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  • Writer's pictureSteve Rigden

Cavalier King Charles Spaniel


The Cavalier King Charles Spaniel, with its expressive eyes and beautiful silky coat, is a breed that embodies elegance and grace, yet thrives on companionship and affection. This toy spaniel, weighing between 13 to 18 pounds, is not just a lap dog but a lively and adaptable companion, renowned for its friendly and non-aggressive demeanor.



### History


The breed's origins can be traced back to the 17th century in England, where small spaniels were popular among the nobility and royals, including King Charles II, who was so fond of his spaniels that they were named in his honor. The breed as we know it today was developed mainly in the 1920s, by American Roswell Eldridge, who sought to revive the longer-nosed spaniels depicted in historic paintings. This quest led to the distinction of the Cavalier King Charles Spaniel from the King Charles Spaniel (English Toy Spaniel in the US), with the Cavalier being the larger, with a more pronounced nose, and more active of the two.



### Temperament and Trainability


Cavaliers are known for their gentle and affectionate nature, making them excellent companions for families with children. They are remarkably adaptable, equally content to snuggle on a couch or participate in family activities. Their eagerness to please, combined with their intelligence, makes them highly trainable. They respond best to positive reinforcement techniques such as praise, play, and food rewards. However, their sensitivity means they do not respond well to harsh training methods. Cavaliers excel in various canine sports like obedience, rally, and agility, showcasing their versatility and trainability.



### Relationship with Children


Their kind and gentle nature makes Cavalier King Charles Spaniels excellent pets for families with children. They are patient and tolerant, often forming strong bonds with younger members of the family. Their playful demeanor makes them a great playmate for kids. However, like with all breeds, interactions between dogs and young children should always be supervised to ensure the safety of both the child and the dog.



### Health Issues


While Cavaliers are generally healthy, they are predisposed to certain genetic conditions. The most significant health concerns include Mitral Valve Disease (MVD), a heart condition that is common in older Cavaliers, and Syringomyelia (SM), a serious condition affecting the brain and spine, caused by malformation of the skull reducing the space for the brain. Early detection and management are crucial for these conditions. Other health concerns can include hip dysplasia, certain eye disorders, and ear infections due to their long ears. Regular check-ups with a veterinarian can help catch and manage these issues early.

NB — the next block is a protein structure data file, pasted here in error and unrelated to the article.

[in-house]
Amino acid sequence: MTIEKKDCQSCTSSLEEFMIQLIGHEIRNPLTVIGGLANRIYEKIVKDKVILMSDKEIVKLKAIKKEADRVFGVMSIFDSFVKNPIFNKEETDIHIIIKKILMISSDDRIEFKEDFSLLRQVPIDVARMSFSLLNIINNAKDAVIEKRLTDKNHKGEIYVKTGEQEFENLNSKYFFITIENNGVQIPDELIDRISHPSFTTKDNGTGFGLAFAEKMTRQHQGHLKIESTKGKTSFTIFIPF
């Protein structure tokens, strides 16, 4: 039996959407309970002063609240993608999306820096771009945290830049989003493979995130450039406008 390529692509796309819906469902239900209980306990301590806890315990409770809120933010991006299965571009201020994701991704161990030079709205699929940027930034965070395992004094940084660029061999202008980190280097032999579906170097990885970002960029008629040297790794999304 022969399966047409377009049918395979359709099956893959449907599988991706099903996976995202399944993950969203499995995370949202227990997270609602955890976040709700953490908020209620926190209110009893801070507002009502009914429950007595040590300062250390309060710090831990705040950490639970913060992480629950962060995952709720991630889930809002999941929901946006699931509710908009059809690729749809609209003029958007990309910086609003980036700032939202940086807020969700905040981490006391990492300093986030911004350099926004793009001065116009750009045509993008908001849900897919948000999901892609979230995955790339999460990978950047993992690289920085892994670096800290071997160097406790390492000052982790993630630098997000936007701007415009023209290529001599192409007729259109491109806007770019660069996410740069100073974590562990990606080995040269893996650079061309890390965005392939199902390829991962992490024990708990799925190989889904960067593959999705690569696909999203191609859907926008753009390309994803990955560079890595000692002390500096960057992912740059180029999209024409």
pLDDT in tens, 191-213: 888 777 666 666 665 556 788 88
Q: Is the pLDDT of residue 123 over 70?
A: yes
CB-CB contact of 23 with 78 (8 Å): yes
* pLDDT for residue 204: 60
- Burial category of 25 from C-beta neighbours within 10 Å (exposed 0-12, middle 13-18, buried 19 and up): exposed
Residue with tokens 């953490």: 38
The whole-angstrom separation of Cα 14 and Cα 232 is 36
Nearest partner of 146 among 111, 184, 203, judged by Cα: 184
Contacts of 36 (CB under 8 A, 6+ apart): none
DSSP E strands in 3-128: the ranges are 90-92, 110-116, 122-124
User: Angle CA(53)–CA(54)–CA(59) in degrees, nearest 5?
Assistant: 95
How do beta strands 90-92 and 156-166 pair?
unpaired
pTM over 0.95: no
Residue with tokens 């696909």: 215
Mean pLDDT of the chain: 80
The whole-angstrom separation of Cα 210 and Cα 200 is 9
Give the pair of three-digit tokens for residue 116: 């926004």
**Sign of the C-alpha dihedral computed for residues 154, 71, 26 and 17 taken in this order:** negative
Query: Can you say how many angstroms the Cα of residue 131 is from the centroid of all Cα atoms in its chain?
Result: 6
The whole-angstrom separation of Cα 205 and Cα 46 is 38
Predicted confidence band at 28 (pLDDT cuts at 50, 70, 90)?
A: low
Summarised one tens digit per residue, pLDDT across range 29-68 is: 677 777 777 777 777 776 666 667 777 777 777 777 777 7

### Care and Lifestyle


Cavaliers do well in a variety of living situations, from apartments to homes with large yards, as long as they have access to daily exercise to keep them fit and prevent obesity. Their coat requires regular grooming to prevent mats and tangles, especially around the ears and feet. Being sociable animals, they thrive on interaction and do not like to be left alone for long periods.


In conclusion, the Cavalier King Charles Spaniel is a breed that combines elegance with a joyful disposition, making them not just a pet, but a beloved member of the family. Their adaptability, intelligence, and affectionate nature make them an excellent choice for families, singles, and seniors alike, provided their health needs are met and they are given plenty of love and companionship.


We have trained many many Cavaliers in the last 35 years. In the UK they are a fairly common breed of dog to own. This is because of their size and personality , but mainly because they are fantastic with children. They still require training to know how to behave around children, but they are excellent dogs to have as a family companion.




























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